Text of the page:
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Charities Aid Foundation


30 May 2017

There are now just a few days until the general election, and all parties have laid out their plans for the future of the country. Overall, it’s been a low-key election for charities, with little said about their role in society, or the importance of volunteering and donating.

More positively, each party has priorities that offer opportunities to use the expertise of charities to make a difference. From the cross-party consensus on mental health, to issues around loneliness, social mobility and support for veterans, there are clear roles for charities to play in helping to improve the lives of vulnerable people.

Charities will hope that the party which forms the next government will be willing to work in tandem with them to address the challenges that the country faces.

Here are the top things to take from each manifesto:

The Conservative Party sees a role for charities in helping to tackle some of the challenges that the country faces including the growing mental health crisis, helping to build stronger communities and providing support to asylum seekers, whilst recommitting to its 0.7% aid pledge. Find out more about the Conservative Party’s plans here.

Green Party
The Green Party puts forward plans to do more to encourage young people to become active citizens, which could offer opportunities to promote giving and volunteering. The party also promises to raise spending on international development to 1% of GDP, whilst committing to incorporating European environmental protections into domestic legislation. Our full take on the Green Party’s manifesto can be found here.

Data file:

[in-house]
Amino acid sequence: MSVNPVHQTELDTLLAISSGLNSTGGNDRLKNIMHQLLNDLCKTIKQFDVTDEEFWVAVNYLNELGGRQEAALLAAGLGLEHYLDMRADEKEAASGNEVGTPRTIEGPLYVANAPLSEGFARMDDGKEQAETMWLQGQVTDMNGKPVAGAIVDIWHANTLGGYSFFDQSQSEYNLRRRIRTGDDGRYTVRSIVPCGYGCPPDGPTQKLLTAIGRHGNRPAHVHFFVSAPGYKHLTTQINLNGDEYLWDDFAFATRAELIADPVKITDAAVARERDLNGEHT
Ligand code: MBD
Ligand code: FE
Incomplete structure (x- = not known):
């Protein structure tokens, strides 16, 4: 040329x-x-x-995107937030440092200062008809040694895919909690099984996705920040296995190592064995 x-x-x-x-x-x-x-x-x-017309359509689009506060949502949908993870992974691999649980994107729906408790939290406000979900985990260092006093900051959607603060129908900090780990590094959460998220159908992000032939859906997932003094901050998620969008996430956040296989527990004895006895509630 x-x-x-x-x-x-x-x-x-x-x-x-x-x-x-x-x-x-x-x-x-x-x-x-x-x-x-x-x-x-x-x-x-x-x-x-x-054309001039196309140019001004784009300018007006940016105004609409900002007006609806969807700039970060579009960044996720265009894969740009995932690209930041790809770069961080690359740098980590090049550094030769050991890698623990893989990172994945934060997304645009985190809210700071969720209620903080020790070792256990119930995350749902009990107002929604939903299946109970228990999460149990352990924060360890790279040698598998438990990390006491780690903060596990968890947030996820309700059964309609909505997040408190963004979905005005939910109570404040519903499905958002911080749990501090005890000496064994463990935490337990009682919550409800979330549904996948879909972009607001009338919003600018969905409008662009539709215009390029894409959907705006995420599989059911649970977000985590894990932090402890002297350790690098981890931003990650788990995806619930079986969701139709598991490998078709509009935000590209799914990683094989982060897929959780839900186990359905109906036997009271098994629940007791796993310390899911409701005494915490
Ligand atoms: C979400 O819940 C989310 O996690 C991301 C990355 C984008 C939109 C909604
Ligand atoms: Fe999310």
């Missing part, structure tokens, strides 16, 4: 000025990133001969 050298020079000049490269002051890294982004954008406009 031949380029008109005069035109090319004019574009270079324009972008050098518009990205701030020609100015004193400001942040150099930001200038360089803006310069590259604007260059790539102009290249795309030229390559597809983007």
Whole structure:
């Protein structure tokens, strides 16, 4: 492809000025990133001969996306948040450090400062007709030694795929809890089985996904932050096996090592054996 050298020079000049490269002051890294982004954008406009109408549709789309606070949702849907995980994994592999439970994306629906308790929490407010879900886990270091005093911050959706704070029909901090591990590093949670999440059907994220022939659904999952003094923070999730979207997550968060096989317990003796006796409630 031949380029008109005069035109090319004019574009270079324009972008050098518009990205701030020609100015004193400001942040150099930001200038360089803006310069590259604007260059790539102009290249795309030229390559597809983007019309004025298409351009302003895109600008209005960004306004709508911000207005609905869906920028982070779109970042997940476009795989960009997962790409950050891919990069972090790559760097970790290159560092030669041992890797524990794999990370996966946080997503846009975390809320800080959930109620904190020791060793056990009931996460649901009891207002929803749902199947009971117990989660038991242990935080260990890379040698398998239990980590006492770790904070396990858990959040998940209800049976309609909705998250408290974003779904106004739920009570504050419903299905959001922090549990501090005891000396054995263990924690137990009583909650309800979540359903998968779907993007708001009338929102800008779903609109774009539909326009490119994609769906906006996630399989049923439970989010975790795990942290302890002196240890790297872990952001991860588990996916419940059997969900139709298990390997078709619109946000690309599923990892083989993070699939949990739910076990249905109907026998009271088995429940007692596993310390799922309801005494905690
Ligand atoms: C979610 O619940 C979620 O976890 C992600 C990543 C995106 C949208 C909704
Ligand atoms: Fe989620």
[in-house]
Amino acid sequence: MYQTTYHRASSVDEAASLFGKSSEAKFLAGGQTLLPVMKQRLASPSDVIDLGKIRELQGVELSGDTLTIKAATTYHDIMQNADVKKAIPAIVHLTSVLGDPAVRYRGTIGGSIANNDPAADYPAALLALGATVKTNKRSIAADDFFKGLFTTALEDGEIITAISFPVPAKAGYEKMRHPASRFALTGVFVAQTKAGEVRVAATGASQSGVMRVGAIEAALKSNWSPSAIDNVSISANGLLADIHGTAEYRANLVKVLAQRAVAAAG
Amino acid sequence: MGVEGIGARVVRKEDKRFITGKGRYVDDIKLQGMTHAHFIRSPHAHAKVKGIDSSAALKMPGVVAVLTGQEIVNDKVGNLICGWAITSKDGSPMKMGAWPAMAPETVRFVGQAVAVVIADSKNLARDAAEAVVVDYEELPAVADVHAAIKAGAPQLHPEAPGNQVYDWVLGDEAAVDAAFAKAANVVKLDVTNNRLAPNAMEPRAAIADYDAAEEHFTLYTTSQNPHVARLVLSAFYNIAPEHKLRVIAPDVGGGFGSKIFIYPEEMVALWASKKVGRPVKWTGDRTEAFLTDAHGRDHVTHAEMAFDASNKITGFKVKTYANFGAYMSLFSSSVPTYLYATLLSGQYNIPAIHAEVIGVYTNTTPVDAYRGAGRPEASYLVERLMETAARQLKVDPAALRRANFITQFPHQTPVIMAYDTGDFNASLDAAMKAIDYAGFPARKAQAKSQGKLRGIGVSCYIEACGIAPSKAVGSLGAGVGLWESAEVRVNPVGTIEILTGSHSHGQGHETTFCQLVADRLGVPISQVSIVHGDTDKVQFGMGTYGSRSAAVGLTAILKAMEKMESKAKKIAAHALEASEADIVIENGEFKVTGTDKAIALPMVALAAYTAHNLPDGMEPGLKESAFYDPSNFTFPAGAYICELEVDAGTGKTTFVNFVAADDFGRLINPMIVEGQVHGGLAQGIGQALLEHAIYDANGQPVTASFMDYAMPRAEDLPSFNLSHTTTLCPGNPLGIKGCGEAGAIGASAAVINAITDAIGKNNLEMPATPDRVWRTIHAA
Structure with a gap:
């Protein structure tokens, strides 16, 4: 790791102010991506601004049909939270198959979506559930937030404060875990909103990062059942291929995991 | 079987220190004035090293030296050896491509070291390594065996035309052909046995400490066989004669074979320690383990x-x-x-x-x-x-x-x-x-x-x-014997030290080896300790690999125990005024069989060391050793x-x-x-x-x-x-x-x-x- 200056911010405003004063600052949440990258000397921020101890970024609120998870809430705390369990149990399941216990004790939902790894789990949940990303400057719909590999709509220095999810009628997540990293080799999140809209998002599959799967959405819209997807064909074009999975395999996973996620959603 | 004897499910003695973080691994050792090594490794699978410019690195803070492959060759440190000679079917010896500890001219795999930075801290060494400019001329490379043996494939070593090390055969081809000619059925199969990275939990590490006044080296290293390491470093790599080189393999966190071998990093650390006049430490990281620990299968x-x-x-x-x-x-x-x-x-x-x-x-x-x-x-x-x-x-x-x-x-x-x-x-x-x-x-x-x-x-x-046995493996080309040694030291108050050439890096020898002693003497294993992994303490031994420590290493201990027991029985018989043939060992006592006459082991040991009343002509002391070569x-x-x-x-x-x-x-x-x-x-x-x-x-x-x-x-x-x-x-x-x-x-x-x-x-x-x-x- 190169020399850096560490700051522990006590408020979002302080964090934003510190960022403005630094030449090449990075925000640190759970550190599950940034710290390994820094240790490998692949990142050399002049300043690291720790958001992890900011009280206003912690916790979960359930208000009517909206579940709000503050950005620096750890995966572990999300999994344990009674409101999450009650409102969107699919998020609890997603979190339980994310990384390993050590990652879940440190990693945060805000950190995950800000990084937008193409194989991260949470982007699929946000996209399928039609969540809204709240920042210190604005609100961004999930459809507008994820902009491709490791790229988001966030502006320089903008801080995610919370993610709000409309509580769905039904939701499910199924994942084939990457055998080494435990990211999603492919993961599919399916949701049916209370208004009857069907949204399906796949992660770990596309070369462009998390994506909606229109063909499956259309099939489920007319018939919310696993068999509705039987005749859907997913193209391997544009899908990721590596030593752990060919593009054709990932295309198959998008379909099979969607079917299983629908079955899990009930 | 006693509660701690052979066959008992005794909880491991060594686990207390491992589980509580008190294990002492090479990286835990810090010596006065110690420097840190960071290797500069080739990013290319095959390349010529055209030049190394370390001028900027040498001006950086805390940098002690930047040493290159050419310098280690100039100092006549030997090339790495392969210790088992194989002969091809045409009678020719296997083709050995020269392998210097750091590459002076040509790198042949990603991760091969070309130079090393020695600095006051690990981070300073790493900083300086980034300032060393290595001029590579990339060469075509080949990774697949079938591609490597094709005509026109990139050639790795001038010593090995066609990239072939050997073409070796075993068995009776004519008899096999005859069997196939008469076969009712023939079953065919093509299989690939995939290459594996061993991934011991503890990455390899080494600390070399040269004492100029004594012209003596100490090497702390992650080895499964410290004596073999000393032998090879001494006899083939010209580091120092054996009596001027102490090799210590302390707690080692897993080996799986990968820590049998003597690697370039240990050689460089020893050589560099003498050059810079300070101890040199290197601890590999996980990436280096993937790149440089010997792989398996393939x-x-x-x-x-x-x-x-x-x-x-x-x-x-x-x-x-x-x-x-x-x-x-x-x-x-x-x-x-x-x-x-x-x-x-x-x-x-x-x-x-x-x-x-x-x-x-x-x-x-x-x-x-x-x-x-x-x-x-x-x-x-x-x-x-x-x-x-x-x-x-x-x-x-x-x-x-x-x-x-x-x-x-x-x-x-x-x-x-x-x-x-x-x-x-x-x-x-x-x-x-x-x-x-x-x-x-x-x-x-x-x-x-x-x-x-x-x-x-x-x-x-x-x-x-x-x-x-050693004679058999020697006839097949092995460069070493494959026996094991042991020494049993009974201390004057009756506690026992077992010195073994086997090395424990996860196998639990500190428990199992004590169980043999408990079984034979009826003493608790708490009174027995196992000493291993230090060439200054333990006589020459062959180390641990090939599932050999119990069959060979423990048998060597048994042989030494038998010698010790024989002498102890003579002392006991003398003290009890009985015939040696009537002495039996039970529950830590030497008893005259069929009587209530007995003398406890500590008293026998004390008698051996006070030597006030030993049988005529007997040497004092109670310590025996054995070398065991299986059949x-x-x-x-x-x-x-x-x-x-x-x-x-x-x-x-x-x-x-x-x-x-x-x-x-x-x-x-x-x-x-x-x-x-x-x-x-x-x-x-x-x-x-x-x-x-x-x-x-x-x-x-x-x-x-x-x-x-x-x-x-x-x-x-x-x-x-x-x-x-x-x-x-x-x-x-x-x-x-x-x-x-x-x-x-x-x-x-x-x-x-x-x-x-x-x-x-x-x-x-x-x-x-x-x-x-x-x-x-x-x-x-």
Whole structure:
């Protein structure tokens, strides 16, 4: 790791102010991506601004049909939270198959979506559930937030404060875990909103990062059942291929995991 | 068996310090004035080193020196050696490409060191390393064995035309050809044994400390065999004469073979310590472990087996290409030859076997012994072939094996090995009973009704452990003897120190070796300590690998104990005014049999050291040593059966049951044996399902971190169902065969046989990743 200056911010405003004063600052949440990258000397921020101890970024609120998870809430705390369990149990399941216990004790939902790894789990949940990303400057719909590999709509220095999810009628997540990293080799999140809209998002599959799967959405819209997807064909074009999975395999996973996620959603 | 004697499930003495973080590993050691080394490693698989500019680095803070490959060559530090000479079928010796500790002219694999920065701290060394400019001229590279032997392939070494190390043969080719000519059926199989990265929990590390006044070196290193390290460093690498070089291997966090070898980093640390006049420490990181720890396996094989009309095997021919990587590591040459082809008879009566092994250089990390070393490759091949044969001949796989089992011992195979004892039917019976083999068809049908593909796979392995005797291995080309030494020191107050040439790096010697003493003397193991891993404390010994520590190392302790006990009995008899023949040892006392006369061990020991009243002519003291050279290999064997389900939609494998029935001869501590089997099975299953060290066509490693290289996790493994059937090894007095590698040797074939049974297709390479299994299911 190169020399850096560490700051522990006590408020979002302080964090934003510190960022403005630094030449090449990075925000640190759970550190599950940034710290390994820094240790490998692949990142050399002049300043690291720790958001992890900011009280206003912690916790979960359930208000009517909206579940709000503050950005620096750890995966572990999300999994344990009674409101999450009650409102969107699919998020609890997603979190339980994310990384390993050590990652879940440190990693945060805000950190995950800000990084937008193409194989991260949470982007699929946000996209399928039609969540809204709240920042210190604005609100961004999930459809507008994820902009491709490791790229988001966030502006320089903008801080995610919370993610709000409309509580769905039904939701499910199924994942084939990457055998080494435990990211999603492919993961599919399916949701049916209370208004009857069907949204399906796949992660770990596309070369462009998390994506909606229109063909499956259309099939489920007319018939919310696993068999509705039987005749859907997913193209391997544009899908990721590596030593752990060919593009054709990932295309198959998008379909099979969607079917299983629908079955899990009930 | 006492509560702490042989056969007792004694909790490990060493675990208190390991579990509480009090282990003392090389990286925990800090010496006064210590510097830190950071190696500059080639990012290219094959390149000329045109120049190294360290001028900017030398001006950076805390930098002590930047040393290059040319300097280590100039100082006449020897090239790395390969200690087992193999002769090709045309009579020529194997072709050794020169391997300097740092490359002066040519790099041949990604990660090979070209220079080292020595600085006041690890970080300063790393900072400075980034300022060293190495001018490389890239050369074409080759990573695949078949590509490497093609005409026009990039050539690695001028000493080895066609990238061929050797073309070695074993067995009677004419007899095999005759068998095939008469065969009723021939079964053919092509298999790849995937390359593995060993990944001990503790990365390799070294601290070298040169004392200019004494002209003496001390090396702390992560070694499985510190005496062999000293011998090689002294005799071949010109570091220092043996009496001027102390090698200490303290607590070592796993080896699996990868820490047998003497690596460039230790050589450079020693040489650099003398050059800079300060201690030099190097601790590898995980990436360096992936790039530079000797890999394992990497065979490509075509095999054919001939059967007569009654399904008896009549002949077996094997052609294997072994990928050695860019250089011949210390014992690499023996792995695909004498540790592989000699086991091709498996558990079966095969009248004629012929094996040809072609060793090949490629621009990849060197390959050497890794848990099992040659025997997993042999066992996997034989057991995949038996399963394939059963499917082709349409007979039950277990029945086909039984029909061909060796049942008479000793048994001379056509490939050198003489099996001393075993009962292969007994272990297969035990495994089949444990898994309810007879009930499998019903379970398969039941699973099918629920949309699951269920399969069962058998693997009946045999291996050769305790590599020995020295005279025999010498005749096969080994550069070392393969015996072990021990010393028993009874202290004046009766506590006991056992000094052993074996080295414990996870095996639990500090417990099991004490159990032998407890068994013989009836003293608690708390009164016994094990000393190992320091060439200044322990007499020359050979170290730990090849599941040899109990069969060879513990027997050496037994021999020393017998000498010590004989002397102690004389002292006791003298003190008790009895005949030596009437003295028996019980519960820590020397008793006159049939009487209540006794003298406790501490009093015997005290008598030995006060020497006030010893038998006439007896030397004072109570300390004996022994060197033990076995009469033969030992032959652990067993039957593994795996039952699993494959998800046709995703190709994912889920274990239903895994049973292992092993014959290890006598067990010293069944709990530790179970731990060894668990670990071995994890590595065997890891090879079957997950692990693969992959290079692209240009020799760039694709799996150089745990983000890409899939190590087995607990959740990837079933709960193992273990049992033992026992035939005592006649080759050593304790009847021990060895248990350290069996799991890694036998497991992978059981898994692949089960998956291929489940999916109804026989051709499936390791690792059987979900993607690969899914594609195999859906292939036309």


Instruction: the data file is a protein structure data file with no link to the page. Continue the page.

The Labour Party promises to get rid of the Lobbying Act, continue to spend 0.7% of GNI on international aid, and hinted at using charities to help the UK influence the international environment through soft power. Read more about Labour’s plans here.

Liberal Democrats
The Liberal Democrats propose a 5p coffee cup levy that could generate income for charities, increased support for social investment and a strengthening of the Social Value Act. Tim Farron’s party also joins the coalition of parties seeking to protect the UK’s promise to spend 0.7% of GNI on international aid. Read our take on the Lib Dems' proposals here.

Plaid Cymru
Plaid Cymru promises to retain the UK’s aid spending commitment that sees 0.7% of GNI going towards international development. The party also wants to see more public spending contracts given to organisations operating in the UK, which could be an opportunity for Welsh charities. See what we said about Plaid Cymru’s manifesto here.

The SNP commits to repealing the parts of the Lobbying Act that restrict charity advocacy, which some charities have said has prevented them for speaking up for their beneficiaries during the election campaign. The SNP, which currently leads the Scottish Government at Holyrood, also commits to retaining the international aid spending pledge. You can find our more detailed look at the SNP’s manifesto here.

UKIP breaks away from the consensus on spending 0.7% of GNI on international aid, promising to cut it to 0.2%. The party repeats a 2015 manifesto promise to exempt foodbanks and charity shops from charges on disposing of unwanted food waste and other goods. UKIP also sees a key role for charities in helping to develop a proposed Veteran’s Administration. Learn more about UKIP’s manifesto here.

We’re almost at the end of the election campaign. We’ll be bringing you our analysis of the results on Friday 9th June, as well as taking a look at what ties the new intake of MPs have to the charity sector, and what policy issues might be on the table in the months ahead.

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